Emma Lo Russo

What to consider when launching a second business

Twice the risk or twice the opportunity? Emma Lo Russo tells us what to consider when launching a second business.

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Launching a business is never for the faint-hearted. To launch a second might from some angles seem unnecessarily stressful.

We obviously don’t think so.

With Digivizer now seven years old and established as a successful digital analytics technology business, employing over 50 people, with revenue growth of 290 per cent in the last financial year, we saw a new opportunity: to go after the esports and gaming business, worth an estimated $1.5 billion globally.

We did not decide to launch this second business, called goto.game, lightly. We started with data.

This is what Digivizer has been doing from day one for a range of organizations: helping them make decisions based on data, and deriving insights and value from the digital footprints of everyone (customers, consumers, influencers) who connect and engage around common
passions.

But to make any business successful, most of all I think you need intent. You have to want to commit 100 per cent to a new business. And creating a second business represents the largest-possible commitment.

In considering all these options, and then making this decision, here’s what I learnt:

● start with data to understand, and then lessen, the risk.

● if all the indicators are good, and the new business plays to your strengths, be sure that you actually will make a decision. If you’re not sure, don’t waste time on analysis and research, and just focus on your existing business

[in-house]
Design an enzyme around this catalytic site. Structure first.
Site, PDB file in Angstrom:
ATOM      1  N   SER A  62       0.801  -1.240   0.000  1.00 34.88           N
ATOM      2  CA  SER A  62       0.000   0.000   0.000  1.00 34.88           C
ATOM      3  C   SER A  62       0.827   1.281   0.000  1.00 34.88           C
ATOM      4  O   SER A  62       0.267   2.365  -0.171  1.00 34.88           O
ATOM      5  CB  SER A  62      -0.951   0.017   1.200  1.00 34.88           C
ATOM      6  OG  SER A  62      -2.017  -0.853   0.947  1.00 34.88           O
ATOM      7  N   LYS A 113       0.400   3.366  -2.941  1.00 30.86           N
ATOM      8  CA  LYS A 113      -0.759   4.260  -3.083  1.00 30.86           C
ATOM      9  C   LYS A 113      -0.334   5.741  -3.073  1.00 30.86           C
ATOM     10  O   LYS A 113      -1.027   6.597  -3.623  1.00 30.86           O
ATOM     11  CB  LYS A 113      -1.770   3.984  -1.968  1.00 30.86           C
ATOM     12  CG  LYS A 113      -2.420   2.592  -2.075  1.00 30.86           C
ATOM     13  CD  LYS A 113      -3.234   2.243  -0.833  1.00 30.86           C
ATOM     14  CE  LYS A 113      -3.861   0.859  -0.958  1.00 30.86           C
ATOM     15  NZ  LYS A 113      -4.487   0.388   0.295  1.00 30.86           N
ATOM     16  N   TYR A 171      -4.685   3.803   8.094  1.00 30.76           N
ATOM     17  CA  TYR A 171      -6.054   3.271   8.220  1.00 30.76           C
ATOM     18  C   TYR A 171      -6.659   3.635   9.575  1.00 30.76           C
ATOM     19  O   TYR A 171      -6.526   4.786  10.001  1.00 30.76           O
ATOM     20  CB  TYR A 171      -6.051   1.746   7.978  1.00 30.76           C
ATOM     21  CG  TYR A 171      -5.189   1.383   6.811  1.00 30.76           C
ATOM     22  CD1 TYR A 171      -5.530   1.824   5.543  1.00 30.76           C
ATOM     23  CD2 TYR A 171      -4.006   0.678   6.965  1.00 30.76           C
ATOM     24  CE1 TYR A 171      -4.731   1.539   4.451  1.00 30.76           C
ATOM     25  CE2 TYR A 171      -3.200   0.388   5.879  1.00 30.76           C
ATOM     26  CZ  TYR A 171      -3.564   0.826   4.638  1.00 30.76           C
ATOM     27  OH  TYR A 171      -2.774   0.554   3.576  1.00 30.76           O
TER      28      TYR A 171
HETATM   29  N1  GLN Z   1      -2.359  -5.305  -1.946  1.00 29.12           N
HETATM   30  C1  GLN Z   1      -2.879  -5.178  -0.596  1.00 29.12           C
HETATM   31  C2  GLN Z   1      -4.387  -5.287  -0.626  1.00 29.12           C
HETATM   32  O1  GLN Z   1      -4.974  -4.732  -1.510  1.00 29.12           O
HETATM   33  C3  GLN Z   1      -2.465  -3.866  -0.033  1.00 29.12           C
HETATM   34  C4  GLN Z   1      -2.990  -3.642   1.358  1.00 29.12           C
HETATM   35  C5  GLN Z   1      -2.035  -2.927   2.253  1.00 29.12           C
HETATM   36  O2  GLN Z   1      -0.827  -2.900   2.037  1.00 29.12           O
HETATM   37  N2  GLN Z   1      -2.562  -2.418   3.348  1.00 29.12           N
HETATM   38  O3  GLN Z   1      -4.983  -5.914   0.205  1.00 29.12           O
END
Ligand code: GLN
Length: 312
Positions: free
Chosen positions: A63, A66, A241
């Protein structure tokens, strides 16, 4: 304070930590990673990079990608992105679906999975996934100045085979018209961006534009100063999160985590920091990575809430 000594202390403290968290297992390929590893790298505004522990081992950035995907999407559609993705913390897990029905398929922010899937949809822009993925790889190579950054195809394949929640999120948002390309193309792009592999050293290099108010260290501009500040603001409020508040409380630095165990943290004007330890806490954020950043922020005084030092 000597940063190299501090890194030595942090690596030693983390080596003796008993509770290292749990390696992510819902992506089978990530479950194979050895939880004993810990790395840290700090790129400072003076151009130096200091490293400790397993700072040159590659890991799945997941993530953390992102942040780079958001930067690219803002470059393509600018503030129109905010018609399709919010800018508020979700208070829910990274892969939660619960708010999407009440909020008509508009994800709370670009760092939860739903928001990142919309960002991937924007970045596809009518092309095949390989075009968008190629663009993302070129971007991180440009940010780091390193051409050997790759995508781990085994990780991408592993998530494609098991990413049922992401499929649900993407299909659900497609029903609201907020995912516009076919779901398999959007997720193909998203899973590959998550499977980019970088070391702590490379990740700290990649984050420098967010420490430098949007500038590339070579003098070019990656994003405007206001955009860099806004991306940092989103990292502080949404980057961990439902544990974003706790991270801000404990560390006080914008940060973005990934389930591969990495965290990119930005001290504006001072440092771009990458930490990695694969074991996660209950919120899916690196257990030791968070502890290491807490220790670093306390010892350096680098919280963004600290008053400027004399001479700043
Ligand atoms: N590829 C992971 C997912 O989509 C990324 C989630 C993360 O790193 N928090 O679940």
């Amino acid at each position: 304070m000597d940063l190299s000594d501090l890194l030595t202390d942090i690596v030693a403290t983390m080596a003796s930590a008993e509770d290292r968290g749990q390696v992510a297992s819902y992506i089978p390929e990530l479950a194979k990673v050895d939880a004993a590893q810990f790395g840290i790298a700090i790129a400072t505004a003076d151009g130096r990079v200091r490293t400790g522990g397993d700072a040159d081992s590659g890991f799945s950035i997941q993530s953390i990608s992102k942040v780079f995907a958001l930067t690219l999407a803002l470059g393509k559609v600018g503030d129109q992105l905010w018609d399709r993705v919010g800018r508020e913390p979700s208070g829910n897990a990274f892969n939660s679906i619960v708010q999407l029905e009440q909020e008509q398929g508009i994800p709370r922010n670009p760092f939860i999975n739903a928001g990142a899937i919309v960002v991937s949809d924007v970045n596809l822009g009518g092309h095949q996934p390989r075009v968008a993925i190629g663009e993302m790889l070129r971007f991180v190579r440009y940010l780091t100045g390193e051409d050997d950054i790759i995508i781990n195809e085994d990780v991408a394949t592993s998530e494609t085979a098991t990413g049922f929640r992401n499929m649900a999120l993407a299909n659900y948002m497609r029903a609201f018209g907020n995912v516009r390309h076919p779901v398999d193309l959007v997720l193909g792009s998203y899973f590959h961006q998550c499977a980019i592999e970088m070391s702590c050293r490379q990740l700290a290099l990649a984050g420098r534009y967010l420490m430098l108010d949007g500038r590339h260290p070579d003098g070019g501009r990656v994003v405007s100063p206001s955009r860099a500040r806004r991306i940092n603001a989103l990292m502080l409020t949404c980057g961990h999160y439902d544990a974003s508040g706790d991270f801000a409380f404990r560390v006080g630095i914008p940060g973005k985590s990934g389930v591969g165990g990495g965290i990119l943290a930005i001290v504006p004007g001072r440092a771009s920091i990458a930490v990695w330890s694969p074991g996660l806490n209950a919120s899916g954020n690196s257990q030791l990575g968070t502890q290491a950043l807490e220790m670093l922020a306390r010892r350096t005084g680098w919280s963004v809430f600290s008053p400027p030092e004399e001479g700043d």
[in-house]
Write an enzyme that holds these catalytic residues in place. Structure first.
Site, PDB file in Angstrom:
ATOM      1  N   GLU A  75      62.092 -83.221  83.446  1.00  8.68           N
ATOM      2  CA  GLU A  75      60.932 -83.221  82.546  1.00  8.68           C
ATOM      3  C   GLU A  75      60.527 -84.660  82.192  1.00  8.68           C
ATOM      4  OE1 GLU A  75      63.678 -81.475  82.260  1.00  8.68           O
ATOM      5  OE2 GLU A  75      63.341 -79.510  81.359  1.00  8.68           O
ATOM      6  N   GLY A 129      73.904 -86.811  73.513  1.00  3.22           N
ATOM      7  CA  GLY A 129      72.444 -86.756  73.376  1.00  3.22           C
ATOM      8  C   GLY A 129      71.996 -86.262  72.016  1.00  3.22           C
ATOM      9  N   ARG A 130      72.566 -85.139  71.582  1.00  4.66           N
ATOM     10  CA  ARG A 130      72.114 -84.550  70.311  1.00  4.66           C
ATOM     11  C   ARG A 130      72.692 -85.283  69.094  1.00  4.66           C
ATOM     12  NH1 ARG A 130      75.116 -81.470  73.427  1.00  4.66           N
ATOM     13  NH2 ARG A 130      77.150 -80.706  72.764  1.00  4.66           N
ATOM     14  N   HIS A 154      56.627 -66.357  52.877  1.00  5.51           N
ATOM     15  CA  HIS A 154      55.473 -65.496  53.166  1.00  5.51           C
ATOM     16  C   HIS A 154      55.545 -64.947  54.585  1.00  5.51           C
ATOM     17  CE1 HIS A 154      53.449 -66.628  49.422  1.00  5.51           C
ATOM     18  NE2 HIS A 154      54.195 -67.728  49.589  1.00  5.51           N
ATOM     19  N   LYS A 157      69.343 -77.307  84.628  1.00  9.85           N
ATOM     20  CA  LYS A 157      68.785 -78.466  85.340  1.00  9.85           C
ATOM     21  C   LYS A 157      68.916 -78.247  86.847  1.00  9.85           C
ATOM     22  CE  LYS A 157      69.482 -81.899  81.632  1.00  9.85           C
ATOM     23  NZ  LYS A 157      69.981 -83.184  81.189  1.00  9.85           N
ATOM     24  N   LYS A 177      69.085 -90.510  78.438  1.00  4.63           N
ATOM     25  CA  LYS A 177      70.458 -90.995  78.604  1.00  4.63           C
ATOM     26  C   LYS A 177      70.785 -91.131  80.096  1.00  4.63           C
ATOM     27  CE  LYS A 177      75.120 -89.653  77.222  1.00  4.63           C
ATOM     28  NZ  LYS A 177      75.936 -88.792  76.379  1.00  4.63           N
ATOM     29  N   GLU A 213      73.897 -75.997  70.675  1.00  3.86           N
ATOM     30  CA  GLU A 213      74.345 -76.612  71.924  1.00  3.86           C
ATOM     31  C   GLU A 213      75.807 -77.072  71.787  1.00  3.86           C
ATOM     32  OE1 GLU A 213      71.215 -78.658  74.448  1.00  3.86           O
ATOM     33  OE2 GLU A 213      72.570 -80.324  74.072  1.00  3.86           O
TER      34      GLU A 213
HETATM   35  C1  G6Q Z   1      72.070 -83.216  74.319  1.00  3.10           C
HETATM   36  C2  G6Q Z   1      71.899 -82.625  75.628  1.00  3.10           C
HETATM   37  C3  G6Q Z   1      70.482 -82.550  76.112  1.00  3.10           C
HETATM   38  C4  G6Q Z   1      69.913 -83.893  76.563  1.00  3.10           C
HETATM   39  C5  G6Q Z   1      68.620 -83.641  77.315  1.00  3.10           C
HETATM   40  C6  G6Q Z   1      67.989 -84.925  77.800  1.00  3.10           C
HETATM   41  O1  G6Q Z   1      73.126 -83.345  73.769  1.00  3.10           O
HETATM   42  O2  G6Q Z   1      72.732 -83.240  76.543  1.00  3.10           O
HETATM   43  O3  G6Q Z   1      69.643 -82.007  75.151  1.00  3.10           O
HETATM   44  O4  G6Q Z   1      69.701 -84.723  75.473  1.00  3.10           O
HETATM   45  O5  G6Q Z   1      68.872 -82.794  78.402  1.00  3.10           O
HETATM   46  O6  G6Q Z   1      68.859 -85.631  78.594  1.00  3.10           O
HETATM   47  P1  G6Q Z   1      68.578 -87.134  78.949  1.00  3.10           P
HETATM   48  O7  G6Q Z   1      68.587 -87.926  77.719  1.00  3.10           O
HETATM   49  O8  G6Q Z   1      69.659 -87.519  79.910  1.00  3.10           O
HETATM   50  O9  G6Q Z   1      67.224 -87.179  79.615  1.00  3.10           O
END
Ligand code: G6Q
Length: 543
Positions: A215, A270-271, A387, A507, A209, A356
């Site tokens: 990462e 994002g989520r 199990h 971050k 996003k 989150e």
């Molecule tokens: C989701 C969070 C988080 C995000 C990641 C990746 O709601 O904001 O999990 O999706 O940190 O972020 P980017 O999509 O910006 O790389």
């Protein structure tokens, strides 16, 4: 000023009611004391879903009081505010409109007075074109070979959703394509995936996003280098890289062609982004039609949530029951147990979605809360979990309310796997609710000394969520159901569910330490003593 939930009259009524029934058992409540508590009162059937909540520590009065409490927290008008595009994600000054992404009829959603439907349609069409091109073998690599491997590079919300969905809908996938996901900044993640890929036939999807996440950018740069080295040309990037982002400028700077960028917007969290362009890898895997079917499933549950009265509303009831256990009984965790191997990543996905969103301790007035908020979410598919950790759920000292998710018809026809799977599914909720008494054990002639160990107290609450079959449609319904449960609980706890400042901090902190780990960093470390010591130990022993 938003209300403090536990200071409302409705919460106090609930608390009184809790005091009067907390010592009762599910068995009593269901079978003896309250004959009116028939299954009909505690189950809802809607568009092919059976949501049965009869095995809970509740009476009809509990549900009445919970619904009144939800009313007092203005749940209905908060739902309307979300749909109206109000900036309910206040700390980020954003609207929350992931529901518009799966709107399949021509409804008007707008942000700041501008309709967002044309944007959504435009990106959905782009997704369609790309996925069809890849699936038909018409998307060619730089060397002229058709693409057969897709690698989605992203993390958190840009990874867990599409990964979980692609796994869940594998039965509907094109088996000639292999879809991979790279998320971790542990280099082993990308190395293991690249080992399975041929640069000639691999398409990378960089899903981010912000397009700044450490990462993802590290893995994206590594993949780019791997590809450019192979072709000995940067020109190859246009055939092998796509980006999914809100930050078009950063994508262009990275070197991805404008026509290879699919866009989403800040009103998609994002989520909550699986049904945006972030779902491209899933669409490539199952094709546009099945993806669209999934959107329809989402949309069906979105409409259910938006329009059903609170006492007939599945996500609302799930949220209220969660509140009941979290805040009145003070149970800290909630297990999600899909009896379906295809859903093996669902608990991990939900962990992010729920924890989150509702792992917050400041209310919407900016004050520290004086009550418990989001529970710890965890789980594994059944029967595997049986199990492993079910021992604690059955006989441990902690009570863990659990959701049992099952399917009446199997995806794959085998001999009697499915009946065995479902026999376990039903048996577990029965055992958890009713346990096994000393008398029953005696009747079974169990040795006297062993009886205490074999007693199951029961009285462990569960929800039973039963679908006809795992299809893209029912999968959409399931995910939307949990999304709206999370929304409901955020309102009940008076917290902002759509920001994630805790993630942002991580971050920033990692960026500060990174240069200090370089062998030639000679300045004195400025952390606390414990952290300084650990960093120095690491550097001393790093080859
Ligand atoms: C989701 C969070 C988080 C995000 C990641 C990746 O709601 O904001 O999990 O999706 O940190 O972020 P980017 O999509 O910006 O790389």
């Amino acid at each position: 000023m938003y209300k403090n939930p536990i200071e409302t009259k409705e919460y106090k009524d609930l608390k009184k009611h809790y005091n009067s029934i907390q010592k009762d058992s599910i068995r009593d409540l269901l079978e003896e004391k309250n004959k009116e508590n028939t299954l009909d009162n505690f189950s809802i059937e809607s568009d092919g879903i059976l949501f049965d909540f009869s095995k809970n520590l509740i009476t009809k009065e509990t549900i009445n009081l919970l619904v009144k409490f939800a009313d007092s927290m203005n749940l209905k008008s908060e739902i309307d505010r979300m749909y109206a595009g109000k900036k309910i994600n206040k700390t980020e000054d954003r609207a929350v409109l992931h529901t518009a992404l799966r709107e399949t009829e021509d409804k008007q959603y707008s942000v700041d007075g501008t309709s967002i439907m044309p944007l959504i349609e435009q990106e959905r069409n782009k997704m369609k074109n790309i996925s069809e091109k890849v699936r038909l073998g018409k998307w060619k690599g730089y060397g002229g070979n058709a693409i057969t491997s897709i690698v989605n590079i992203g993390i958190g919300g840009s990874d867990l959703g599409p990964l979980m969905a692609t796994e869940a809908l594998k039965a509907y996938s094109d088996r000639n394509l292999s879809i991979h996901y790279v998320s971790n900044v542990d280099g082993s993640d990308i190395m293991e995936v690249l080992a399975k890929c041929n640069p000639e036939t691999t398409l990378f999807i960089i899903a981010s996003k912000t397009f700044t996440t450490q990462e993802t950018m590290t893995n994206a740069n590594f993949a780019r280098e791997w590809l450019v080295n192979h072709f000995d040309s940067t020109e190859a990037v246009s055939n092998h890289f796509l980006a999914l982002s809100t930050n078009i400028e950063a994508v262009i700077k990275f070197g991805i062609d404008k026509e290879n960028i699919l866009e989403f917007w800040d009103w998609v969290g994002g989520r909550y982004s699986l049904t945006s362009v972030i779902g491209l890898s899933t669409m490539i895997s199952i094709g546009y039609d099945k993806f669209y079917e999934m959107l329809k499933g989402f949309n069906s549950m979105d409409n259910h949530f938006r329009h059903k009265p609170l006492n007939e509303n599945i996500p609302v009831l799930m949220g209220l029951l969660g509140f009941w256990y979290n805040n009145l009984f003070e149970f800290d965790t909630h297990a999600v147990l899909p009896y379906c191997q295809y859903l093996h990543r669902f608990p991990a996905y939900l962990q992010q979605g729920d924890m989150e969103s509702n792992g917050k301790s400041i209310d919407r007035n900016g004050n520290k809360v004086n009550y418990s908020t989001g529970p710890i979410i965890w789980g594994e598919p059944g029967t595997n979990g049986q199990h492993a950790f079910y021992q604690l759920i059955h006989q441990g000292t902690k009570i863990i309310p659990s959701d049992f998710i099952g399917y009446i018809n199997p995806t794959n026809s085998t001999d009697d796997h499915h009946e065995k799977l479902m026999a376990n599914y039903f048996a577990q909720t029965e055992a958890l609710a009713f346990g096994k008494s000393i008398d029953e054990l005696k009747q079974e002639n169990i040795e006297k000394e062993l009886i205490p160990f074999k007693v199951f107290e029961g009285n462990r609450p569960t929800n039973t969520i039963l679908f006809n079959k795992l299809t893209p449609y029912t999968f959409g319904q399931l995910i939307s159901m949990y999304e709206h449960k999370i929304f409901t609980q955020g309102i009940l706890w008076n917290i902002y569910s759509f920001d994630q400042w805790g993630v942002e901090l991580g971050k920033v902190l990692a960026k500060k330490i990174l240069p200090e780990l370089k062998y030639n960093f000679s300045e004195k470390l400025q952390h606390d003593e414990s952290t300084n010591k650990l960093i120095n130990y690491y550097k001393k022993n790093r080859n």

● be sure that you have the resources to run each business – success comes from focus, and you need to be crystal clear about the goals you are chasing, and about holding your teams accountable for achieving those goals

● by all means have assumptions as your sparks, but be rigorous. Test and measure your assumptions and hold yourself to account for your decisions. And this is not a one-off exercise: it’s a process of continuous test and learn

● identify which centralized systems (IT, HR, finance) can be shared between the two entities and ensure they have the capacity to support multiple businesses – if you already have these, this can be a cost-effective way to launch any new venture

● use your talent: (in our case we know gaming because we hired a specialist team which does)

● look for gaps in the market – and in particular, if your existing work identifies one, take the initiative because you will likely have a start over your competitors

● once you’re ready to make a decision, make it quickly. The worst thing is to make no decision at all – far worse even than making a wrong one, or to spread yourself too thinly

Finally, back yourself: you’ve done it once, so you can probably do it for a second time!

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